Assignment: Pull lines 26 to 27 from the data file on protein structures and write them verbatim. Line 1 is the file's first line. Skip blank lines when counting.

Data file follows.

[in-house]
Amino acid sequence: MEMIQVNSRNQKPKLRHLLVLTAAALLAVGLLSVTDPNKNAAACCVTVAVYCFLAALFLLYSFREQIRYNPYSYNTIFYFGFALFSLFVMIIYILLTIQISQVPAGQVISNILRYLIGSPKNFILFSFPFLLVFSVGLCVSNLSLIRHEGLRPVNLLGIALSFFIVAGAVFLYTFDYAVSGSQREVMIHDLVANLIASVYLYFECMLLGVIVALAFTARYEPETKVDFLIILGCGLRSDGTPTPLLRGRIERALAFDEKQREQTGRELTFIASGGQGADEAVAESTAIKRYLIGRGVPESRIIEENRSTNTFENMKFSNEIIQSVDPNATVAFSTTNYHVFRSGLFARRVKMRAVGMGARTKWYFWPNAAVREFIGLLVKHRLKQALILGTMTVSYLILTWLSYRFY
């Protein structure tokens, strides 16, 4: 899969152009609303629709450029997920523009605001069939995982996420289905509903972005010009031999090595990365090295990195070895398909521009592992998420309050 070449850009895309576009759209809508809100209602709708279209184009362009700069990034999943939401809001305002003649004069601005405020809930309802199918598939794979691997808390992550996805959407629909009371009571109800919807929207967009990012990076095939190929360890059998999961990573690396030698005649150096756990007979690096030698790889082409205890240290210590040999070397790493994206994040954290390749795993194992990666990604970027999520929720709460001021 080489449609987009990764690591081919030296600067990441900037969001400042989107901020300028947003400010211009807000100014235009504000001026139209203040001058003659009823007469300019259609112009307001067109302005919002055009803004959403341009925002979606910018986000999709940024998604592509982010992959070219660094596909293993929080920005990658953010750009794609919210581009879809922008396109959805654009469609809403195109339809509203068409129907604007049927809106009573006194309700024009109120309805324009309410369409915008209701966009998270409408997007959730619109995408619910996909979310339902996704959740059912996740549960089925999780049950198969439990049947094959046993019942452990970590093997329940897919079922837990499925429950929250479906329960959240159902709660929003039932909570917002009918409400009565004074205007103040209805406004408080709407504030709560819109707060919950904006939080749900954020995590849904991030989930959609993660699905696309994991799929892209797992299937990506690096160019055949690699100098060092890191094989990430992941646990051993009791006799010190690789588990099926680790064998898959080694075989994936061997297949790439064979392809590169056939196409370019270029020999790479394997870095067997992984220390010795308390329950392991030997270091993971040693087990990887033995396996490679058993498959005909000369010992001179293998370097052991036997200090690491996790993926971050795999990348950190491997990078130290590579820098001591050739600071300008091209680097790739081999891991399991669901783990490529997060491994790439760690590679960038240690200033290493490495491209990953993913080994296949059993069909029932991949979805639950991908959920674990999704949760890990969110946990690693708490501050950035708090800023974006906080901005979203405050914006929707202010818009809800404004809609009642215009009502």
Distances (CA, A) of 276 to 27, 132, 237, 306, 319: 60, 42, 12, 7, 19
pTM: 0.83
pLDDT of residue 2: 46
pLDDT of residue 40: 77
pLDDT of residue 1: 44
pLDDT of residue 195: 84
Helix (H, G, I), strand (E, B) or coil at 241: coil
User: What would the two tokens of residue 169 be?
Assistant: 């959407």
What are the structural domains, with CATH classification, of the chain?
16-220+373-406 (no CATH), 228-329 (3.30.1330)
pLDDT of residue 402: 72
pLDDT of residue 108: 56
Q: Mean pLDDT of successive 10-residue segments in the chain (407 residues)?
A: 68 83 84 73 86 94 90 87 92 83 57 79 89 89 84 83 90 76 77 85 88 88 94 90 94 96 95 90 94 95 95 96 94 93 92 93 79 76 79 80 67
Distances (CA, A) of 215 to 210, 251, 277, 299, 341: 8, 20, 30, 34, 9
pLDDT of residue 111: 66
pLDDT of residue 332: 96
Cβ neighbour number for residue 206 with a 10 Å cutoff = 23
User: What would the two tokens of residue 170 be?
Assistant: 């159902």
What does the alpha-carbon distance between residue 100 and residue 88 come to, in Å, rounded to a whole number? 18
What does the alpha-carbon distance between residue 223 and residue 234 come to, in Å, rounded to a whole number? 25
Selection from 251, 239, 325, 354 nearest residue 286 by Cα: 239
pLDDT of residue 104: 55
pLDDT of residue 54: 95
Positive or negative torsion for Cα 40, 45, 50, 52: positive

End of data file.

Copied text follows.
What does the alpha-carbon distance between residue 223 and residue 234 come to, in Å, rounded to a whole number? 25
Selection from 251, 239, 325, 354 nearest residue 286 by Cα: 239